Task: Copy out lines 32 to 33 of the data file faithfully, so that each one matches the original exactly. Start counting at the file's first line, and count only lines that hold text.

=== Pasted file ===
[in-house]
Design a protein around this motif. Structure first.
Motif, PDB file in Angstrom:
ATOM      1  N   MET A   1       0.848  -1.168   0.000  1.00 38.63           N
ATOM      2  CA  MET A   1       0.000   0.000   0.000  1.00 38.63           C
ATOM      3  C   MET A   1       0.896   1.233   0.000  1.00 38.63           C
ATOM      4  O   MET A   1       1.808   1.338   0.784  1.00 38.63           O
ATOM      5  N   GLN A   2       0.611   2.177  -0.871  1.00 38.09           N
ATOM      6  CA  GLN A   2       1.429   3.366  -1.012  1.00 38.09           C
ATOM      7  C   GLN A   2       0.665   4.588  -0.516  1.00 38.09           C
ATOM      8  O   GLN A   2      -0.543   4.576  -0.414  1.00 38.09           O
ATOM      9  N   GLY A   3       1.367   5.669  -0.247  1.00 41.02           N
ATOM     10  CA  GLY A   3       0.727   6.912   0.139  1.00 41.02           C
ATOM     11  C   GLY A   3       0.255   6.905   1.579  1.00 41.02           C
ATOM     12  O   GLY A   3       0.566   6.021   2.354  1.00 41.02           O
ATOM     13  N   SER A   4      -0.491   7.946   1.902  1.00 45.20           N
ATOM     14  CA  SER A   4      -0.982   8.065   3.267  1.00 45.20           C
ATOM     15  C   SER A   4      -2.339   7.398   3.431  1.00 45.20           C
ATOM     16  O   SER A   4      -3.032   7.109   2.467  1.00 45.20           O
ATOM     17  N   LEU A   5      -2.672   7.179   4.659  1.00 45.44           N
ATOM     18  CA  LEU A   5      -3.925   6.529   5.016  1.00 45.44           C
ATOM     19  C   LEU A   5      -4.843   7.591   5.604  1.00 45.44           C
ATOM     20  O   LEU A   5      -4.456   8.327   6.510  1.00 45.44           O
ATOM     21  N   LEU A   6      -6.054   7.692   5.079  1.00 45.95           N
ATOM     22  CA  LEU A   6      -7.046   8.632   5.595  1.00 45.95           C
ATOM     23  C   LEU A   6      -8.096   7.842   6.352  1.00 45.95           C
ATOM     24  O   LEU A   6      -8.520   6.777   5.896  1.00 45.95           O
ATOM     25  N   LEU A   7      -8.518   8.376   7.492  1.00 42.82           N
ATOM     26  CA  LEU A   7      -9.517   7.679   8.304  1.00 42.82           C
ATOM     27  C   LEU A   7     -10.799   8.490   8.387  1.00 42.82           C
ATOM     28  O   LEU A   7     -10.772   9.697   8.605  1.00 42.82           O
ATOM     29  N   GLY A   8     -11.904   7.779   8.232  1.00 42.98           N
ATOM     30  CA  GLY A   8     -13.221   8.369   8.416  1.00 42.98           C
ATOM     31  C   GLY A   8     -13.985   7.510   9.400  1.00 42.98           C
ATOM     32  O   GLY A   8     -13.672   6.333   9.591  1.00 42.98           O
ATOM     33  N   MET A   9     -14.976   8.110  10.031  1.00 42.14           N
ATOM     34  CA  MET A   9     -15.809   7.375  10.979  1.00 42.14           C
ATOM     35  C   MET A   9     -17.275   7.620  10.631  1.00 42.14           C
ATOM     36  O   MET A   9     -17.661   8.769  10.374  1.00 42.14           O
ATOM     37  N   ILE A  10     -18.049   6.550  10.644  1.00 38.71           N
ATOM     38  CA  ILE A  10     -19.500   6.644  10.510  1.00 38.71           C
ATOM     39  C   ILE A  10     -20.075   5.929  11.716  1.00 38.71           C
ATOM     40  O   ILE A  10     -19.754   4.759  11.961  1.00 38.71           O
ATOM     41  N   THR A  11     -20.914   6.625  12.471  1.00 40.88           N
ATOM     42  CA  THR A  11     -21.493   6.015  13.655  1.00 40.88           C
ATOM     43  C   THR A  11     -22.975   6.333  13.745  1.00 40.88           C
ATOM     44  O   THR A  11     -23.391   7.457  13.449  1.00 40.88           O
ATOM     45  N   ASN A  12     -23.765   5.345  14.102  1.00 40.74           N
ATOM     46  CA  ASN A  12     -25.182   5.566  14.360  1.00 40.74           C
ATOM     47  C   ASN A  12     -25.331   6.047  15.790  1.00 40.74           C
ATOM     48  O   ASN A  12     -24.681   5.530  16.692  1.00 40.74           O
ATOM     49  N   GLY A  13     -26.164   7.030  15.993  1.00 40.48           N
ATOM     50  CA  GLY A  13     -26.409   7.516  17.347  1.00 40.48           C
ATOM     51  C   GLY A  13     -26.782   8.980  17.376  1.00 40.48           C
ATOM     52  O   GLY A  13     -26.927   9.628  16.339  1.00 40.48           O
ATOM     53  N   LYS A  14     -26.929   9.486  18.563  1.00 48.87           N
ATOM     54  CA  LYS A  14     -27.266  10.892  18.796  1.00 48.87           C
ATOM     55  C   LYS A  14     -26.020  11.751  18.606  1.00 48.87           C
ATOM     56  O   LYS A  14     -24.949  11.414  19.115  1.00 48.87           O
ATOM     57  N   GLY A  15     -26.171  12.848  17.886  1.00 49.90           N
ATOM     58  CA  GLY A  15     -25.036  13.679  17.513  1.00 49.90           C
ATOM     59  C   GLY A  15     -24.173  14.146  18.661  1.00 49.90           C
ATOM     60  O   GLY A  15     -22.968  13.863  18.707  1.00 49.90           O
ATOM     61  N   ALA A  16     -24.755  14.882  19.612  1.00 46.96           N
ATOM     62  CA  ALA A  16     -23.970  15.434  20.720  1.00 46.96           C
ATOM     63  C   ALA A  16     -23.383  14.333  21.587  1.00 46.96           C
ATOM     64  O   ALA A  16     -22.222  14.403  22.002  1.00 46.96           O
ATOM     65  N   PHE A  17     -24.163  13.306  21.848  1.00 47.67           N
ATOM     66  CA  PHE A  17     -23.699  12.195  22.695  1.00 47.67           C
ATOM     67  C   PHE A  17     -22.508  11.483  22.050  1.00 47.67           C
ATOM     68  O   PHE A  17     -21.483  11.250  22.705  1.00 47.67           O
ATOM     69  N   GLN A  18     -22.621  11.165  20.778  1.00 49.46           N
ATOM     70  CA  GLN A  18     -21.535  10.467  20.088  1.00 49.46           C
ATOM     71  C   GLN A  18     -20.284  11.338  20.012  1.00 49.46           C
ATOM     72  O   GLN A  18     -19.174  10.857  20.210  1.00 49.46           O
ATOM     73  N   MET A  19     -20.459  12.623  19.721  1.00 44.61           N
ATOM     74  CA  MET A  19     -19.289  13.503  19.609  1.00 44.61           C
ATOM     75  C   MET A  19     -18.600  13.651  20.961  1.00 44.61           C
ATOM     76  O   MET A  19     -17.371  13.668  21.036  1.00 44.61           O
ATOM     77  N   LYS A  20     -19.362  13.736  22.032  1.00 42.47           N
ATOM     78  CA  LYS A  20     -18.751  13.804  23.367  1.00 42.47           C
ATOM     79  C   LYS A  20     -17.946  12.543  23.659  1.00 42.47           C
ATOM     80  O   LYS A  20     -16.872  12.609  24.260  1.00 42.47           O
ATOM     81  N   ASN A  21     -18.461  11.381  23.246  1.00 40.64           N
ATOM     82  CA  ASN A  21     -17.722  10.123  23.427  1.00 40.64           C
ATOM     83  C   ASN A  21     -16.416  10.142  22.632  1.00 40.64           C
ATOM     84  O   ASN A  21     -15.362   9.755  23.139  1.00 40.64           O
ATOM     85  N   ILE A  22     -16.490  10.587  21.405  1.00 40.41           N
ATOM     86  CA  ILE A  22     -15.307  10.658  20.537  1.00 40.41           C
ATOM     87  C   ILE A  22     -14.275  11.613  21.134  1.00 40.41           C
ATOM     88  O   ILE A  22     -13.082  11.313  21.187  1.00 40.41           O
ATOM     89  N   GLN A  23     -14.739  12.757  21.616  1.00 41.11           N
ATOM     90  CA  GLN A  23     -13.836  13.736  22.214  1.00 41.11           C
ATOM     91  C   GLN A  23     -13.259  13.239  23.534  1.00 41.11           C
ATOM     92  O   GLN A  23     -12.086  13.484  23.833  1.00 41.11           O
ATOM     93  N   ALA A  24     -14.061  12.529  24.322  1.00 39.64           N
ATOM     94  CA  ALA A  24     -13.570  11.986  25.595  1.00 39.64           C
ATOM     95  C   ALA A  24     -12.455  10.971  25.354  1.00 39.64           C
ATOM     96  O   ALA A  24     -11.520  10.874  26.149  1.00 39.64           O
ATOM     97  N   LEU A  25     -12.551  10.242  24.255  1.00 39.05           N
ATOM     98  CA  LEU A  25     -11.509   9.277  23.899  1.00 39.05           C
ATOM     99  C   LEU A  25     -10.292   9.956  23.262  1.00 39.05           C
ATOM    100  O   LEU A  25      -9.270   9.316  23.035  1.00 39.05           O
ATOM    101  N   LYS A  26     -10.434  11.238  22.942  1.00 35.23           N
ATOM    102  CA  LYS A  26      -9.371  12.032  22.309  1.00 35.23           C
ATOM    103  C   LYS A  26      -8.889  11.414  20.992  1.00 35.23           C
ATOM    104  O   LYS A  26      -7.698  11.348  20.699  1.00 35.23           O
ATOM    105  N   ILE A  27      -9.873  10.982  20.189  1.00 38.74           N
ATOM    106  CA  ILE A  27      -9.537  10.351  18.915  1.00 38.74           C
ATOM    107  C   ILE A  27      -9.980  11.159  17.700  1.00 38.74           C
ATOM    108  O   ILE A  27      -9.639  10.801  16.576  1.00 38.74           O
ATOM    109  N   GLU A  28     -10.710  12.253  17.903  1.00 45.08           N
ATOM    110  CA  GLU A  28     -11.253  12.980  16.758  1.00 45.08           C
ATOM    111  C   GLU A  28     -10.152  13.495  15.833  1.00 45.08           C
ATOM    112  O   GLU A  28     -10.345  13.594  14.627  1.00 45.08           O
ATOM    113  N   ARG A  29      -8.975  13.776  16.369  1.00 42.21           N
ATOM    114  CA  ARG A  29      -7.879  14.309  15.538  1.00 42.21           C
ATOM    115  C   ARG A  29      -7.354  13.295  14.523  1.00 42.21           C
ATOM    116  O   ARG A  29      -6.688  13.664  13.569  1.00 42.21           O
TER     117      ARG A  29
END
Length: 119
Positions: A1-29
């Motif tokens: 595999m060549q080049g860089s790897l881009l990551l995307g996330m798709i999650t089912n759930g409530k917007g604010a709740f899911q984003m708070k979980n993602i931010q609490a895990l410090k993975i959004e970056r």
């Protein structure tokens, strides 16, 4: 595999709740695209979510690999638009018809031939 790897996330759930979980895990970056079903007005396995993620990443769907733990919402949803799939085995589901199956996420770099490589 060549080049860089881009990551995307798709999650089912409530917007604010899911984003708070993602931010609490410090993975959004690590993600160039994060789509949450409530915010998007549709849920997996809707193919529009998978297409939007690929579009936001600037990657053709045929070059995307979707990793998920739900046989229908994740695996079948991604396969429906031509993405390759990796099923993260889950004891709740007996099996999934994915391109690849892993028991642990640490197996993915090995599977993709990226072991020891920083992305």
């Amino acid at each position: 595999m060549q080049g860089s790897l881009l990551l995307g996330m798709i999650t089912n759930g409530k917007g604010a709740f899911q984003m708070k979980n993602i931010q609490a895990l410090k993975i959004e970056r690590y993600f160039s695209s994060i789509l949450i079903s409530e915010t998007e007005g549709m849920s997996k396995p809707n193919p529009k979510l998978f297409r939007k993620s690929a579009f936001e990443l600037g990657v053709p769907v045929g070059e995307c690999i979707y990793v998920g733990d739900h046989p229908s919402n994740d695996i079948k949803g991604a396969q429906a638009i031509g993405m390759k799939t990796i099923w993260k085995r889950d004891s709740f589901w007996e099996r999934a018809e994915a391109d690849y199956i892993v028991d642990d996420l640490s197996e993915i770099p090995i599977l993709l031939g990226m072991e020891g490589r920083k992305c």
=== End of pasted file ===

ATOM     29  N   GLY A   8     -11.904   7.779   8.232  1.00 42.98           N
ATOM     30  CA  GLY A   8     -13.221   8.369   8.416  1.00 42.98           C